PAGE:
How many CASA volunteers do you have right now in the system?
Bowling: Probably about 80 active right now. But we’ve served over 200 kids.
Cutrer: For the three-parish area, they’ve served 936 kids (since 1996). They’ve spent 25,174 activity hours on these children, trained for 10,692 hours and have driven 299,491 miles to serve these kids. As she can tell you, the kids aren’t always placed in Calcasieu. They may be in a group home in another part of the state and they’ll go see them. And they’ll do what they need to do to speak to the child.
How have you seen the impact of the CASA volunteers in your courtroom?
Cutrer: In a lot of different ways. I think the children are better served. We get better services. They are more likely if we are going for adoption, they are more likely to be adopted, to find an adoptive resource. If we are trying to reunify them either with their parents or a family member if the parents aren’t a possibility, they are more likely to be reunified and find family members. And if they are reunified, they are less likely to return to the foster care system because their parents messed up again or abused them or neglected them again.
So the whole picture is better. Everything that we want to do and the goals of the court are better served by having a CASA on a case. If we could have them on every case we would do it. We just don’t have enough CASAs.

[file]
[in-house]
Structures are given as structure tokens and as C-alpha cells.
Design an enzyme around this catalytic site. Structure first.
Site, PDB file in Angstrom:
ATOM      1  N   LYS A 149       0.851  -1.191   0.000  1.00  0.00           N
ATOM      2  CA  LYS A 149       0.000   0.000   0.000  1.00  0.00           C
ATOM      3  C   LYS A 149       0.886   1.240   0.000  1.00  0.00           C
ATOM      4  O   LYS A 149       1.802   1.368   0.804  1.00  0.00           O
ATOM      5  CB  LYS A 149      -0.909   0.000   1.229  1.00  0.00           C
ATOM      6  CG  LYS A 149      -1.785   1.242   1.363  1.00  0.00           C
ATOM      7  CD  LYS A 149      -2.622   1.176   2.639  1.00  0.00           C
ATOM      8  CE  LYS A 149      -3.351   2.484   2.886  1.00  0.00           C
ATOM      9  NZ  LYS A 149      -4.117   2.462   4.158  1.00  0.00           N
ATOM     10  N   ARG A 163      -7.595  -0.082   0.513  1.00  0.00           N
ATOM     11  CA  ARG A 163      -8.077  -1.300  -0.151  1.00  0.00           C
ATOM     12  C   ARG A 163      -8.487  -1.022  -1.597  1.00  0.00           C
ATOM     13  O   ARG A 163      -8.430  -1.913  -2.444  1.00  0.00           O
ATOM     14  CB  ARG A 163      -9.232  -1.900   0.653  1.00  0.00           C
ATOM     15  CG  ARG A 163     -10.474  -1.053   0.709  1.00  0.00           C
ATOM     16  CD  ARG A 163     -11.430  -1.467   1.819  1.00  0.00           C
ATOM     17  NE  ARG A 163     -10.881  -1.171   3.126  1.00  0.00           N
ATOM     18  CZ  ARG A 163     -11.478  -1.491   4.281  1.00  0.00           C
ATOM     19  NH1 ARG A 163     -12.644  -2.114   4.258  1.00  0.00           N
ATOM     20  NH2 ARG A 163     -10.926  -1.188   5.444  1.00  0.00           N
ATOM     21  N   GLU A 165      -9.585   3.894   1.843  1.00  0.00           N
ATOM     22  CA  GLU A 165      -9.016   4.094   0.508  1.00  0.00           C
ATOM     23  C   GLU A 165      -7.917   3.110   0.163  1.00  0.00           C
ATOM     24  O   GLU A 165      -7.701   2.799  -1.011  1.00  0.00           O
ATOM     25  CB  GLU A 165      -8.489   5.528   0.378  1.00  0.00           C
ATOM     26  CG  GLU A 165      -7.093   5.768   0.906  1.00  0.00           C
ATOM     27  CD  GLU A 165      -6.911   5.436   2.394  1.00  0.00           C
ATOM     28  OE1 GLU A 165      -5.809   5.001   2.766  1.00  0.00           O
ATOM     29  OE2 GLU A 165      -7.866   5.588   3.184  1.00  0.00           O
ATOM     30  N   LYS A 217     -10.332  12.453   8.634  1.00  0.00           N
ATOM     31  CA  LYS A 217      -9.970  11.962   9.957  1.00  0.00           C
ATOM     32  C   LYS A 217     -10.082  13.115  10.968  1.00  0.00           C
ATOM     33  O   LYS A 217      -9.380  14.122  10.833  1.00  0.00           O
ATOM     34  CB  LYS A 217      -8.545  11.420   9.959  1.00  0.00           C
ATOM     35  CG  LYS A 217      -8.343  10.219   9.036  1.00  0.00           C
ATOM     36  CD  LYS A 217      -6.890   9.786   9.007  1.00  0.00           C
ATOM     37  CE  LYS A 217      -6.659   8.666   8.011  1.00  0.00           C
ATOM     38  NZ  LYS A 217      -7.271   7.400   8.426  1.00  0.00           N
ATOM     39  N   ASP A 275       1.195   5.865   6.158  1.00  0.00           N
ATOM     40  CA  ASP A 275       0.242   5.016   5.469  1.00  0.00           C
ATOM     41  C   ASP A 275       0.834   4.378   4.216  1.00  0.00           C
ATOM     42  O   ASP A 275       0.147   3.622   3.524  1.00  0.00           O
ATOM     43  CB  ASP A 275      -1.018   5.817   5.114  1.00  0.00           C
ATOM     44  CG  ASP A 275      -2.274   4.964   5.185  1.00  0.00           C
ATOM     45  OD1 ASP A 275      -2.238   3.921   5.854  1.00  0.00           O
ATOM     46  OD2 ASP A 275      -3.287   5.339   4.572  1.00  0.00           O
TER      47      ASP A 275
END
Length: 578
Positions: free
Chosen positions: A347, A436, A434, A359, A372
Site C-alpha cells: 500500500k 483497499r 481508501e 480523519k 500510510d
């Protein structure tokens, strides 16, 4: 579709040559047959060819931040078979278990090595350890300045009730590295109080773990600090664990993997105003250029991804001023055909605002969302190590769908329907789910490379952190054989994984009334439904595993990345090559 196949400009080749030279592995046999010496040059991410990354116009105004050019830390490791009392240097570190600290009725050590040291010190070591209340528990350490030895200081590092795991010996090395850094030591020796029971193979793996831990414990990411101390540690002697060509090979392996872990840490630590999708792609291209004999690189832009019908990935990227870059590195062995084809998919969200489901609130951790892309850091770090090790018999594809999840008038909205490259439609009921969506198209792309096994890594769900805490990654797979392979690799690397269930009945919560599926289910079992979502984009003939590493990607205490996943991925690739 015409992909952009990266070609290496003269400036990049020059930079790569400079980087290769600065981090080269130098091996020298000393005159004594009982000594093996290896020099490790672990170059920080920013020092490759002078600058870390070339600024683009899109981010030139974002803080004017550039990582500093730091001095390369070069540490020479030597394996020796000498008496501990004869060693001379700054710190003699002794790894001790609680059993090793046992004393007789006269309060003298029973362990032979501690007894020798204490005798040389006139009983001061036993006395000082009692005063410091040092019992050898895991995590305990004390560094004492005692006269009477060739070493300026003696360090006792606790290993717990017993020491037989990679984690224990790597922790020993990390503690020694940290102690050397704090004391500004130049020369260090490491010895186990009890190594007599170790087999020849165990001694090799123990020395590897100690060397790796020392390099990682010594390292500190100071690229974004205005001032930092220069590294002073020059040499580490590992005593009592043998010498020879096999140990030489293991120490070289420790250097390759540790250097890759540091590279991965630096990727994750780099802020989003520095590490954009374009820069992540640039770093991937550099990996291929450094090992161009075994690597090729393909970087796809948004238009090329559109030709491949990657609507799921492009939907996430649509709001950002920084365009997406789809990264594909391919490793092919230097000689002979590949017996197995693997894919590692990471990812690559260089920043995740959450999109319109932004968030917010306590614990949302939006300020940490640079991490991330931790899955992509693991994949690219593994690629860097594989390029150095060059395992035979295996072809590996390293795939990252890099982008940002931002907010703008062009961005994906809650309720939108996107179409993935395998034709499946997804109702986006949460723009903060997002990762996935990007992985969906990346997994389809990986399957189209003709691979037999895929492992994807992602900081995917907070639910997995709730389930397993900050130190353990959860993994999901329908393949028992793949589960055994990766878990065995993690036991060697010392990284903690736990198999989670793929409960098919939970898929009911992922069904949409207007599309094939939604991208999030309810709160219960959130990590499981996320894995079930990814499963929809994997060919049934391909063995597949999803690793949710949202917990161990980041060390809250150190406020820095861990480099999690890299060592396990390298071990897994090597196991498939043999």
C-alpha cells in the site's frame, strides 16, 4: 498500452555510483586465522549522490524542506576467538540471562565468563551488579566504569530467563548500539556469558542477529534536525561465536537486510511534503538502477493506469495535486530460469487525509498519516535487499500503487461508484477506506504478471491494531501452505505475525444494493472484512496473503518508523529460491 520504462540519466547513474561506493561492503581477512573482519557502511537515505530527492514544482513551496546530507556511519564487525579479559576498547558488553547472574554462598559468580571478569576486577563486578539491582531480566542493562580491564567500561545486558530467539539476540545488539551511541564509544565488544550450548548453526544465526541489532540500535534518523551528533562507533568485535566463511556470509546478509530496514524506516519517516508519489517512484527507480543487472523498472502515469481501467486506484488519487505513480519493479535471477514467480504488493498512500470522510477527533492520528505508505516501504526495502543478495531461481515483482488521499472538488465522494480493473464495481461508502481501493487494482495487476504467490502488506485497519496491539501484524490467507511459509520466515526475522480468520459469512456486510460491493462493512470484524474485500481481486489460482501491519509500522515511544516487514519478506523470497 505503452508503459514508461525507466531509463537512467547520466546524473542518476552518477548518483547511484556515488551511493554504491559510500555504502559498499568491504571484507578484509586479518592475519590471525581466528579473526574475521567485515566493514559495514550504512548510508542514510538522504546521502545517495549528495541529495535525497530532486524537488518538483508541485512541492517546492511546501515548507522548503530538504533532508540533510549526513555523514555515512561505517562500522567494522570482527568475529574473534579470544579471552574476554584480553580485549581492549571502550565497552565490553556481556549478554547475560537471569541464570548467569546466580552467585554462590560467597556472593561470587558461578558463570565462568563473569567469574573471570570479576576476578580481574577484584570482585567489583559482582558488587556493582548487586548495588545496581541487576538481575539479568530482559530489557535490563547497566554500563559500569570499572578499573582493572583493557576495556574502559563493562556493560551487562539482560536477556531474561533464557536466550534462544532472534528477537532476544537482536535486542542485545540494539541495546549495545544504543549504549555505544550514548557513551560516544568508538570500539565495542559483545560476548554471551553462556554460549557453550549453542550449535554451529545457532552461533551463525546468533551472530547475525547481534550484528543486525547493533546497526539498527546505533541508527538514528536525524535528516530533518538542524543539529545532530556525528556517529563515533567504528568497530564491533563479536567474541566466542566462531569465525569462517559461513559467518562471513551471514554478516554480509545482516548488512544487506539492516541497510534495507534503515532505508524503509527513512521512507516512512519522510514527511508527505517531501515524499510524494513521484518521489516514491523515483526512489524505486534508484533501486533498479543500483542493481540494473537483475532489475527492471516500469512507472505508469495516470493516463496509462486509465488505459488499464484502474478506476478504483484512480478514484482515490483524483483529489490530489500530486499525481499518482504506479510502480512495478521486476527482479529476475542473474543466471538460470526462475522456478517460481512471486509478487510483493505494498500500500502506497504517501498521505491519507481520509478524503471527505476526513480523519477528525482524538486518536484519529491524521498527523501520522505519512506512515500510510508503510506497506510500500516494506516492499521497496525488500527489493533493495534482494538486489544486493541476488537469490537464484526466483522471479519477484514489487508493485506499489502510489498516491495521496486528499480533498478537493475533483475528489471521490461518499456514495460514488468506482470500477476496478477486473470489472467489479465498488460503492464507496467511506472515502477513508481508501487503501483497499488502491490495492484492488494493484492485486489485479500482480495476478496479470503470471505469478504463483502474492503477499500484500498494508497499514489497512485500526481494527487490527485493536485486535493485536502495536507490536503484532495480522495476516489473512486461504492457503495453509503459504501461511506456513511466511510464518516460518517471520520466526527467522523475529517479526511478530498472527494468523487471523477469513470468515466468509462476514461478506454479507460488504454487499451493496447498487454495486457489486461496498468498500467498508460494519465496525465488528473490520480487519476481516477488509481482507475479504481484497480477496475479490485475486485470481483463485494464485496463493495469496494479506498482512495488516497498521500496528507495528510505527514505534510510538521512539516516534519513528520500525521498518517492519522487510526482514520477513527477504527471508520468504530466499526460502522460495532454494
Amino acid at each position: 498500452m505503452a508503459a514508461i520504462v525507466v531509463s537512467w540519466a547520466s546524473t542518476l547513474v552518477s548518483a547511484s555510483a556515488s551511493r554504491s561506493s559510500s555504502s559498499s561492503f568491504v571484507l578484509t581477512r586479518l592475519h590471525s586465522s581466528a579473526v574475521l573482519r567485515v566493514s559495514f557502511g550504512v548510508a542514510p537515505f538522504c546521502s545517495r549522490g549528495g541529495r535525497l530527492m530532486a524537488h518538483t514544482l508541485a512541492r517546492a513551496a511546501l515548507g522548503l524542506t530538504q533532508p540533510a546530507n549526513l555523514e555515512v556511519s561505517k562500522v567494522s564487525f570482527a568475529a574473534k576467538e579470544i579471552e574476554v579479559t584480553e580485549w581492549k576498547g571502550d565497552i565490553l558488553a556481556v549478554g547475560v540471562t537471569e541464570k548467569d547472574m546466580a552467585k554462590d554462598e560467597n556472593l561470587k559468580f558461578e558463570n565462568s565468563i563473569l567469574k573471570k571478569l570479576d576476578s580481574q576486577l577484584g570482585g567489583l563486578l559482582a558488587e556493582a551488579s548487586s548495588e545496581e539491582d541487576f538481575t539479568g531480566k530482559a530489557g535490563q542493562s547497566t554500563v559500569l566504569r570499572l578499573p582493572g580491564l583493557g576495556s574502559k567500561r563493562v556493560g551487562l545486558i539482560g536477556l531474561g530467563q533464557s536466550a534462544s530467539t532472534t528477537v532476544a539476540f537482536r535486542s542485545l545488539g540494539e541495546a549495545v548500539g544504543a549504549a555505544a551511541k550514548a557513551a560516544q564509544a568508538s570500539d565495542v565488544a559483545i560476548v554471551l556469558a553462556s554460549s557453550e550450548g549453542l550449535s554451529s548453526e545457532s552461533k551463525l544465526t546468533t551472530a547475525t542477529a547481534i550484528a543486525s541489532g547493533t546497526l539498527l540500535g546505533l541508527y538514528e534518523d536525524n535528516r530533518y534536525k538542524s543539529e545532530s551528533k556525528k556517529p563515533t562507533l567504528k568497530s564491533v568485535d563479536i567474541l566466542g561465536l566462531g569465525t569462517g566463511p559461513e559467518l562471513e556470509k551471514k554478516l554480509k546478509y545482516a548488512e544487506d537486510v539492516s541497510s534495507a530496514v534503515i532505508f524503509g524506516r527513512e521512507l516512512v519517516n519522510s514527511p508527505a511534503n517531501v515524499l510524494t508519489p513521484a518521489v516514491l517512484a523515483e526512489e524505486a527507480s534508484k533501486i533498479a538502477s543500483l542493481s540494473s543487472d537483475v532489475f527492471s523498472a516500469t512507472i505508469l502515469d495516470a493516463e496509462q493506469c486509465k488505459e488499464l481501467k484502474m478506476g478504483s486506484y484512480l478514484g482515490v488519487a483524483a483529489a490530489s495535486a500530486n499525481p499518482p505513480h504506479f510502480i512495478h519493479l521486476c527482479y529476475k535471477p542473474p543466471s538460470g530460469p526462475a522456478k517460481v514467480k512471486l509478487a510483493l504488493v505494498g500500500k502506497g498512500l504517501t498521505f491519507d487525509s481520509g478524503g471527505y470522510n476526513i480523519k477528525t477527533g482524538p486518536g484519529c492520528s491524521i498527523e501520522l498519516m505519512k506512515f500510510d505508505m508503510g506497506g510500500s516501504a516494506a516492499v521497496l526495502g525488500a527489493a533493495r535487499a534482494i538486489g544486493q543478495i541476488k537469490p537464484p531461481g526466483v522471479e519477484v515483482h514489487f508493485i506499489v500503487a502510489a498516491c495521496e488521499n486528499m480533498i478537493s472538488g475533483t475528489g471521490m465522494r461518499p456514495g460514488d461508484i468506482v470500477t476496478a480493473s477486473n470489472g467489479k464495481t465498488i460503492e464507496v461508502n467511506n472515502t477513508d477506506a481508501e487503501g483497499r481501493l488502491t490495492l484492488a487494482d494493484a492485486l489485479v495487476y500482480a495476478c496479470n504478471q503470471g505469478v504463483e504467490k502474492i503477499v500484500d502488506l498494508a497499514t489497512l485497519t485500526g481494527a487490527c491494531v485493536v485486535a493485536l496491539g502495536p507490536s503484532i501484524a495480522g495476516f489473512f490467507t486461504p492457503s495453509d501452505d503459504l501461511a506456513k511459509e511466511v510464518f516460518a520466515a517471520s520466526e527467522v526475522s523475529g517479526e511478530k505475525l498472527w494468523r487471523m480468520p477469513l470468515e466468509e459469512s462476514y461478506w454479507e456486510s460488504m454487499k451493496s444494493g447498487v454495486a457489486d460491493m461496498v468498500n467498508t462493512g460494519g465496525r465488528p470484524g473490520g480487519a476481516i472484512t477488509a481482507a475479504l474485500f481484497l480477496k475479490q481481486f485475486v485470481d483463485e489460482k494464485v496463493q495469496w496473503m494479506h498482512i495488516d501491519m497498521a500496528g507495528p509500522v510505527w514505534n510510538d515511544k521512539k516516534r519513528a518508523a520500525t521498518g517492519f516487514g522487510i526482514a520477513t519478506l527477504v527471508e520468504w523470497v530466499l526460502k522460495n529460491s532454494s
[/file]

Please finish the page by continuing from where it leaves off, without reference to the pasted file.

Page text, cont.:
Bowling: And actually there is a class starting in July and you can contact Ann Bruner at Family and Youth Counseling.
How many CASA volunteers could you use?
Cutrer: Gosh, I think we currently have three- and four hundred children in Calcasieu in the foster care system. They may be placed outside, but that’s how many and that’s a typical average. If every child had a voice, it could be a lot. But they do serve sometimes a family, all the kids in the family. I’m not sure that we would have too many CASAs.
How often do they have these training classes?
Bowling: About three times a year. One during the summer, one during the fall and one during the spring. And a lot of times, even like for instance I was interested in it but at a time of my life I wasn’t ready. There’s a point at a time in your life that you are ready to do that. If you’re not ready to do it, you can come back.
Cutrer: Family and Youth is very good. If you need a break or you have issues, something at your home to address or work or whatever, you cannot have a case and wait until you are ready to get back on it because they work with you.
Bowling: Eighty percent of our CASA workers do have a job. They do a job outside of this. It’s just their way of giving back to the community.
Cutrer: When they finish with their training we do sign specific orders and they get name tags and that’s for when they come to court. They actually get sworn in, they actually take an oath as to what they’re going to do.
Bowling: The tag is what kind of gets us into everything.
I saw a photo of a recent class. It covered all demographics, all ages.
Cutrer: It is. Which exactly reflects the children in care. They’re not just white or just black or just girls or just boys. They cover everything. So we have couples that volunteer after retirement age and they work as a team. We have young professionals. We have everything just like we have in everything.